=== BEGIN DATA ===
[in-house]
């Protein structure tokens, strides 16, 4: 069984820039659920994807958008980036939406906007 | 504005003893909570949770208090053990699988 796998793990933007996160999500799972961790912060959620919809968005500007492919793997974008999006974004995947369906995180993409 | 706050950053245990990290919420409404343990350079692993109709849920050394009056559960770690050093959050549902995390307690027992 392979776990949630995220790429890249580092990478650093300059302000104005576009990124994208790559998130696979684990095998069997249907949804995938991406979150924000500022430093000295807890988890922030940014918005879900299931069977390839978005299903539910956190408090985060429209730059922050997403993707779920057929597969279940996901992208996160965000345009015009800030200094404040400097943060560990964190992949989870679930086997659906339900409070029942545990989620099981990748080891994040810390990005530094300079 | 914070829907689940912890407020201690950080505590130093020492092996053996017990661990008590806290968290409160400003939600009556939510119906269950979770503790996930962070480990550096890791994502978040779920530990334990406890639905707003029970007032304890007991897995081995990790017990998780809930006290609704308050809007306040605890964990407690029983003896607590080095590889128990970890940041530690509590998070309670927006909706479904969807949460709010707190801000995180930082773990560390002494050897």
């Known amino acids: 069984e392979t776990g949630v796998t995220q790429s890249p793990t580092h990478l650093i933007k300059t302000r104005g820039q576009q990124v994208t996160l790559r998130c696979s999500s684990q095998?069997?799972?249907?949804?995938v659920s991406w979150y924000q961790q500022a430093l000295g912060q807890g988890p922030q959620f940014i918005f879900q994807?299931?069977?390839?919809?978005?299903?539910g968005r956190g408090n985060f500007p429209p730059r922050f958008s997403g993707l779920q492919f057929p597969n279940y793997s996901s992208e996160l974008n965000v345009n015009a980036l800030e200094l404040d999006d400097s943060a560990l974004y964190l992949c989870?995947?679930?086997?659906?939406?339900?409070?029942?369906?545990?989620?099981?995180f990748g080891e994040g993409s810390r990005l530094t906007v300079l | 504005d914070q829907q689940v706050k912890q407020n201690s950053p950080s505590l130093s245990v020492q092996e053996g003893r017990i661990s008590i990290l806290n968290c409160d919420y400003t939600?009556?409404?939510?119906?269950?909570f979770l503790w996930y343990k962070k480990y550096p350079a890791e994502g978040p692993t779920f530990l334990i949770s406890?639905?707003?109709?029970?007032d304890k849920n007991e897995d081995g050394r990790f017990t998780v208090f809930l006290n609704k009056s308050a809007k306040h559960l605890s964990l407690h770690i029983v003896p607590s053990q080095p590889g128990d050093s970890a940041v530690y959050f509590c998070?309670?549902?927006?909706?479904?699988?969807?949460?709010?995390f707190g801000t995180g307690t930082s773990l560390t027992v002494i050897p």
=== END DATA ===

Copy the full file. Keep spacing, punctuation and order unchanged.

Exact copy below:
[in-house]
């Protein structure tokens, strides 16, 4: 069984820039659920994807958008980036939406906007 | 504005003893909570949770208090053990699988 796998793990933007996160999500799972961790912060959620919809968005500007492919793997974008999006974004995947369906995180993409 | 706050950053245990990290919420409404343990350079692993109709849920050394009056559960770690050093959050549902995390307690027992 392979776990949630995220790429890249580092990478650093300059302000104005576009990124994208790559998130696979684990095998069997249907949804995938991406979150924000500022430093000295807890988890922030940014918005879900299931069977390839978005299903539910956190408090985060429209730059922050997403993707779920057929597969279940996901992208996160965000345009015009800030200094404040400097943060560990964190992949989870679930086997659906339900409070029942545990989620099981990748080891994040810390990005530094300079 | 914070829907689940912890407020201690950080505590130093020492092996053996017990661990008590806290968290409160400003939600009556939510119906269950979770503790996930962070480990550096890791994502978040779920530990334990406890639905707003029970007032304890007991897995081995990790017990998780809930006290609704308050809007306040605890964990407690029983003896607590080095590889128990970890940041530690509590998070309670927006909706479904969807949460709010707190801000995180930082773990560390002494050897």
């Known amino acids: 069984e392979t776990g949630v796998t995220q790429s890249p793990t580092h990478l650093i933007k300059t302000r104005g820039q576009q990124v994208t996160l790559r998130c696979s999500s684990q095998?069997?799972?249907?949804?995938v659920s991406w979150y924000q961790q500022a430093l000295g912060q807890g988890p922030q959620f940014i918005f879900q994807?299931?069977?390839?919809?978005?299903?539910g968005r956190g408090n985060f500007p429209p730059r922050f958008s997403g993707l779920q492919f057929p597969n279940y793997s996901s992208e996160l974008n965000v345009n015009a980036l800030e200094l404040d999006d400097s943060a560990l974004y964190l992949c989870?995947?679930?086997?659906?939406?339900?409070?029942?369906?545990?989620?099981?995180f990748g080891e994040g993409s810390r990005l530094t906007v300079l | 504005d914070q829907q689940v706050k912890q407020n201690s950053p950080s505590l130093s245990v020492q092996e053996g003893r017990i661990s008590i990290l806290n968290c409160d919420y400003t939600?009556?409404?939510?119906?269950?909570f979770l503790w996930y343990k962070k480990y550096p350079a890791e994502g978040p692993t779920f530990l334990i949770s406890?639905?707003?109709?029970?007032d304890k849920n007991e897995d081995g050394r990790f017990t998780v208090f809930l006290n609704k009056s308050a809007k306040h559960l605890s964990l407690h770690i029983v003896p607590s053990q080095p590889g128990d050093s970890a940041v530690y959050f509590c998070?309670?549902?927006?909706?479904?699988?969807?949460?709010?995390f707190g801000t995180g307690t930082s773990l560390t027992v002494i050897p």